Acorn, looking a little embarrassed, said “He saw the firefly.”

“The what?” asked Artur, caught off guard.

“The firefly. It glowed.”

“Okay,” said Artur. “Fan out toward where the spear came from. Go ten paces, then come back.”

And so they fanned out, covering about a third of a circle around their camp, and squished, plopped and hopped into the fog. Each lost sight and sound of the others after only a few steps. Each step, though it took only a fraction of a second, felt like hours, with each of the heroes anticipating a sudden spear in the dark.

Finding nothing but mud and mosquitoes, the four arrive back at the camp about the same time. A quick glance in the lamplight and each knew the other found nothing. Artur gestured to the next third of the circle, and each of them took position and set out into the dark again. There was a splash as Oak went waist deep into the stream, and a gentle plop as Slip dived in. The other two squished and plopped their way through the mud.

Slip could feel an unnatural current in the water, as though someone nearby was quickly swimming away. He quickly dived under, thrusting his knife toward the disturbance. Surfacing, he swamp back toward the camp, and saw the other three standing in the lamplight.

“Any luck Slip?” asked Oak.

“Someone swimming. It could have been a turtle, or a big fish.”

“Which way?”

“Who knows in this fog. Ahh, that way,” said the frog man, making his best guess.

Artur calculated in his head as best as he could, and leaped into the dark fog again, his sword at the ready. He sloshed into the stream, waist deep, shoulder deep, thrusting his sword as best he could here and there ahead of him. Swords were not the best weapons for water combat, and he wished then he had one of the Rhino’s spears. After several thrusts, his sword clinked against a stone. And then he clinked again. Then there was silence.

Dismayed, he turned around, and tried to find his way back to the camp. It wasn’t long before he saw the dim glow of the lamp diffusing through the fog.

Slip anxiously bounced in place, “Shall we try the other way?”

“Yes,” said Artur. “But I think our attacker is gone.”

And so they fanned out and explored the last third of the circle around their camp, and as expected there was naught but bugs, mud, lichen and wet grasses. Artur realized as they did this that their tracks would be all over around the camp, leading to and fro. They would have to leave if they didn’t want to be attacked again. Unless…Yes, there was a plan in his mind. He noted it and then returned to the camp.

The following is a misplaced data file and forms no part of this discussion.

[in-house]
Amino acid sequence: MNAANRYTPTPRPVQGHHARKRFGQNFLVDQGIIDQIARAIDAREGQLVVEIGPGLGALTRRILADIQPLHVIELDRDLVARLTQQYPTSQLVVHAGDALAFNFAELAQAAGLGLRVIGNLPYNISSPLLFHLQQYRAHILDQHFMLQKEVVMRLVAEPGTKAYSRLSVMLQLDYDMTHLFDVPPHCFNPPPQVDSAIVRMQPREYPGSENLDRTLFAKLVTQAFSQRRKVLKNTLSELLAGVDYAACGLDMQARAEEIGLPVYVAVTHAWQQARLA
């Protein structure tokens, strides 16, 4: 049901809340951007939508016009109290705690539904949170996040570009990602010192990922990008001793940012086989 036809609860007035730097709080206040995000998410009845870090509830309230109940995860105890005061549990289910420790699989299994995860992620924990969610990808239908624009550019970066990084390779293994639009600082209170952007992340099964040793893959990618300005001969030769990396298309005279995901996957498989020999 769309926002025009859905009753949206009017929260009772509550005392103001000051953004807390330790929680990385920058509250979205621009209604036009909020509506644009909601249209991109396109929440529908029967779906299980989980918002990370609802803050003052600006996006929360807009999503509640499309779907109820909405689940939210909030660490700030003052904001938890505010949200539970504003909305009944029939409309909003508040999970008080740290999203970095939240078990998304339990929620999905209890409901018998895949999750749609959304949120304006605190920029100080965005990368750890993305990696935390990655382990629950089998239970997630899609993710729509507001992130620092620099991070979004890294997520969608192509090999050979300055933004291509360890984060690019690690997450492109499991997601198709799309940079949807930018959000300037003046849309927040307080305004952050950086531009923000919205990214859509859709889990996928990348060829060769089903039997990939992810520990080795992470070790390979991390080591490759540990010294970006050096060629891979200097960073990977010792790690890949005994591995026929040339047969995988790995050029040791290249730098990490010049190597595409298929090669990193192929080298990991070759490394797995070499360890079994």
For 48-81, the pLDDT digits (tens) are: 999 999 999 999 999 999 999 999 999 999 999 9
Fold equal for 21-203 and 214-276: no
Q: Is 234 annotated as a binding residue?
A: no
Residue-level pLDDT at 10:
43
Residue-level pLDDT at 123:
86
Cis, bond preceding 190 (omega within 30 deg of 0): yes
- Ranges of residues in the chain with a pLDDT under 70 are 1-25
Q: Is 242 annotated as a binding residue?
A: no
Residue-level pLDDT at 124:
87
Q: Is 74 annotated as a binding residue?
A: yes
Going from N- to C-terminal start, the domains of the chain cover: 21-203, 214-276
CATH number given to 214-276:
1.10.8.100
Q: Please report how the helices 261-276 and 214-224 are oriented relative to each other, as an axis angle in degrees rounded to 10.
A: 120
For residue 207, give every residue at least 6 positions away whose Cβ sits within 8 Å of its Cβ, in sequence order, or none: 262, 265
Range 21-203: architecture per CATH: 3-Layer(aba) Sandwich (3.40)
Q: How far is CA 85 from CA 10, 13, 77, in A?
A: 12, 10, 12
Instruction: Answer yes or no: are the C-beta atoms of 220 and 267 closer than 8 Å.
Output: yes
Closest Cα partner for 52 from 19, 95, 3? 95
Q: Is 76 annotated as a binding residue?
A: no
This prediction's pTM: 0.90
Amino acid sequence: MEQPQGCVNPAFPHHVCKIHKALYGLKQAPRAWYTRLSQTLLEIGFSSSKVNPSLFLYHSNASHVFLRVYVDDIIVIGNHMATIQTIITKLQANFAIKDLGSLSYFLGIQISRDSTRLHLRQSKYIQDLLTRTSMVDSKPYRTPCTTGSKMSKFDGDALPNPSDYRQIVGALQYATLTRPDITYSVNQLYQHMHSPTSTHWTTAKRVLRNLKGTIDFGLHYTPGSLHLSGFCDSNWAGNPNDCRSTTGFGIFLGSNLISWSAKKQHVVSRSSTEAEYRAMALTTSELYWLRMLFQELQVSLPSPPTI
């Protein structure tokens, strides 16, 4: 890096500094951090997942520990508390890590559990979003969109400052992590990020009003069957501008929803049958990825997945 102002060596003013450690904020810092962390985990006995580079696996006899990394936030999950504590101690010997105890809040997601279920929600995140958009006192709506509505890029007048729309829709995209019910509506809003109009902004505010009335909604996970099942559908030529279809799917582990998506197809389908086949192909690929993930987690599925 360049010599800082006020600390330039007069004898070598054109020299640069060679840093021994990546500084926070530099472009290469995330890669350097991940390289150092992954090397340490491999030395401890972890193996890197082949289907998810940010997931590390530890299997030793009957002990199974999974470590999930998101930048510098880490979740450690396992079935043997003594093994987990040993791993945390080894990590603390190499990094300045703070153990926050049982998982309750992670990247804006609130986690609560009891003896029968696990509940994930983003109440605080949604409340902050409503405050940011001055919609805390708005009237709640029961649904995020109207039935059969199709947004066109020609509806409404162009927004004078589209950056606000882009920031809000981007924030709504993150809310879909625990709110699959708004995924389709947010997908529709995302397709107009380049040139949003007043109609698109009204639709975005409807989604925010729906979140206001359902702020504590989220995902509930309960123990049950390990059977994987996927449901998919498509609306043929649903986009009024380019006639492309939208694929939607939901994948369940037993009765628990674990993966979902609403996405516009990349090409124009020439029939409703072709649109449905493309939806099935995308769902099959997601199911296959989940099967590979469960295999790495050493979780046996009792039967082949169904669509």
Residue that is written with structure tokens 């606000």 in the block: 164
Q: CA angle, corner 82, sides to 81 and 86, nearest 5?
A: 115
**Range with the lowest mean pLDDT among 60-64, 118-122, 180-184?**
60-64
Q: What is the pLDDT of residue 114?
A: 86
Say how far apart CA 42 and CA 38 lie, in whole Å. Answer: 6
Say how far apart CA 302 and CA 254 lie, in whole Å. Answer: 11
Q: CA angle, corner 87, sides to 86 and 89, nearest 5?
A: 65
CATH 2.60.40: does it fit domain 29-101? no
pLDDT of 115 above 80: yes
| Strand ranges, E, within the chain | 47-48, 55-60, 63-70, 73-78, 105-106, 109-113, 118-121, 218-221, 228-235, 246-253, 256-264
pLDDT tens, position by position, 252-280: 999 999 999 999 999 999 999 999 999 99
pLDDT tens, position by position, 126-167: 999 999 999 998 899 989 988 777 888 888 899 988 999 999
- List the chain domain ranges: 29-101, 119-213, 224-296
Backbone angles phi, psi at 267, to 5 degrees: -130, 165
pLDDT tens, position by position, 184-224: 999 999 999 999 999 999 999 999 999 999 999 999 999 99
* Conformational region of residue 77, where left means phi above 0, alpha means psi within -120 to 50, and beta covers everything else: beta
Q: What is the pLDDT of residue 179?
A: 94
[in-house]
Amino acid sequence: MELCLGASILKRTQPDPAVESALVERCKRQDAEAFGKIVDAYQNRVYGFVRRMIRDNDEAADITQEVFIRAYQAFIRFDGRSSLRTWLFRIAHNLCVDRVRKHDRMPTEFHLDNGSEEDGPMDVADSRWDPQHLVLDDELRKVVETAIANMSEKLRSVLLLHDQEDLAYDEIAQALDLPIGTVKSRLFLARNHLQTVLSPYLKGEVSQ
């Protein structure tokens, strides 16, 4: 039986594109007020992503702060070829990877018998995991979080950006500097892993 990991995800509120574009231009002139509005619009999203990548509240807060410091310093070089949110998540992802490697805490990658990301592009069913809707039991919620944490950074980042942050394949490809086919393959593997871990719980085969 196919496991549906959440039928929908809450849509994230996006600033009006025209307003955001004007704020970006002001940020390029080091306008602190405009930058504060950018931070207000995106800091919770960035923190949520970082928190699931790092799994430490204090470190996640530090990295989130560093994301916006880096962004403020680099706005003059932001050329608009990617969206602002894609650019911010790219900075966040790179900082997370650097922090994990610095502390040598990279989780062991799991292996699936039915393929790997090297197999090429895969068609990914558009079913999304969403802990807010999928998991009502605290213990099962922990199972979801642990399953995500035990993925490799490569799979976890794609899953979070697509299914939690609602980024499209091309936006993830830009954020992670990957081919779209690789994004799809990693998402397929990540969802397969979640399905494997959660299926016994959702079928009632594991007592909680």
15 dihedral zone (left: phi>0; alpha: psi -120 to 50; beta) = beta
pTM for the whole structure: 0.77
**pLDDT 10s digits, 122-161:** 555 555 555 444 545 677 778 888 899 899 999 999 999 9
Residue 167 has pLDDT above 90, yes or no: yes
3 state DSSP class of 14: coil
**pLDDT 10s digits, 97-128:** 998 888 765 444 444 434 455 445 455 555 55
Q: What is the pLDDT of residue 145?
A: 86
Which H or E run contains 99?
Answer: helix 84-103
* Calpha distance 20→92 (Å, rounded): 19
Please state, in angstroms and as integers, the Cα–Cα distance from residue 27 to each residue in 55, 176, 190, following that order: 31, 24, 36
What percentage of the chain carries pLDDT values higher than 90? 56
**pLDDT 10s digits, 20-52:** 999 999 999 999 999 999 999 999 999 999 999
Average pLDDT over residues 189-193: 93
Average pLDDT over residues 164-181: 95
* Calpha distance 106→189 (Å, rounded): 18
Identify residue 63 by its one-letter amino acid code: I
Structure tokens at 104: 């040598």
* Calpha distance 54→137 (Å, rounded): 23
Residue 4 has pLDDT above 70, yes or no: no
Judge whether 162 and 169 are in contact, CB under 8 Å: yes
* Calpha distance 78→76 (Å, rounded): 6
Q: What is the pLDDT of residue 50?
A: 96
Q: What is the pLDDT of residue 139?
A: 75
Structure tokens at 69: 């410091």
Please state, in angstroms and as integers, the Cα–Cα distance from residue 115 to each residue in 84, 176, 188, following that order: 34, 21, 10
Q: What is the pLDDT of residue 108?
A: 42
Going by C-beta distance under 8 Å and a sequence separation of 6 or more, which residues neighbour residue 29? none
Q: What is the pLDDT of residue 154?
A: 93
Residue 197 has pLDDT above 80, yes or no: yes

The four were anxious about their hidden foe. Acorn, in a moment belying the cool patience he aspired to, grunted “I’ll skewer that bastard with his own spear!” This took Oak by surprise, and he grinned briefly, happy to see a trace of his foul temper in his own son.

Artur set about retrieving the lamp, and with a bit of rope, hung it from the birch tree about head high. “Everyone back off and we’ll watch and see if he comes back for his spear. Acorn, give me that.” He took his knife out and cut his scarred hand, and smeared some blood on the lamp’s handle then put a bloody print on the other trunk of the tree. He rubbed some on the tip of the spear, and then the squeezed a little more out on a rock heading away from the camp, and then retreated into the fog, crouching in the mud. He quickly bandaged his hand with a handkerchief, and for once was glad he had little sensation in his right hand. The others backed off as well, quietly, anxiously, waiting for the hunter.

* * *

The hunter floated his basket ahead of him as he swamp blindly in the stream. His right ankle ached from a slash wound. It was all he could do to escape the counter attack. His mental map put him thirty or forty yards southeast of his previous position. There was a slimy boulder in the stream here, and he grabbed ahold and pushed his basket up. He pulled himself up, feeling the moss, lichen, and snails. He flicked the snails away so he could get a good handhold, and pulled himself up.

His ankle was screaming at him, but his first thought was the snake vine in his basket. He opened it up, and felt the thorny creature inside. It twitched and it rubbed it’s pod shaped head on his hand with affection. This pleased the hunter, and he closed the basket and felt his ankle. The gash would need stitches. He fumbled in his soaked waist pouch for some sinew and thread, and then heard a loud -tink- that vibrated his perch. He froze, straining his ears. There was another -tink-, the churning of water, and he heard a great sigh, as though someone were disappointed. There was the slight sound of water being churned which lead away from the boulder.

The hunter mentally triangulated his previous position, his current position, and the direction of whoever it was that tinked the boulder. Yes it was one of the prey out looking for him. He made a mental note of how to get back to the prey’s encampment, and tended to his ankle. The bone needle bit into his skin, but the pain paled in comparison to the hot searing pain of the gash from the frog’s knife. Allowing the pain to focus his mind, and by touch alone, he wove the strand of dried sinew through the open wound until he closed it up. It only needed three stitches. He had a tiny pouch with a nugget of pine pitch. This he sucked on for several minute to warm it mashing it with his tongue, and then worked it over the stitches.

He waited an hour for his wound to seal up, and then checked his gear: lacking a spear he would need to rely on his knife and his blow darts. He felt over the reed pipe and blew into it to check it for air leaks. He then eased back into the water, floating his vine-in-a-basket ahead of him, in pursuit of his prize.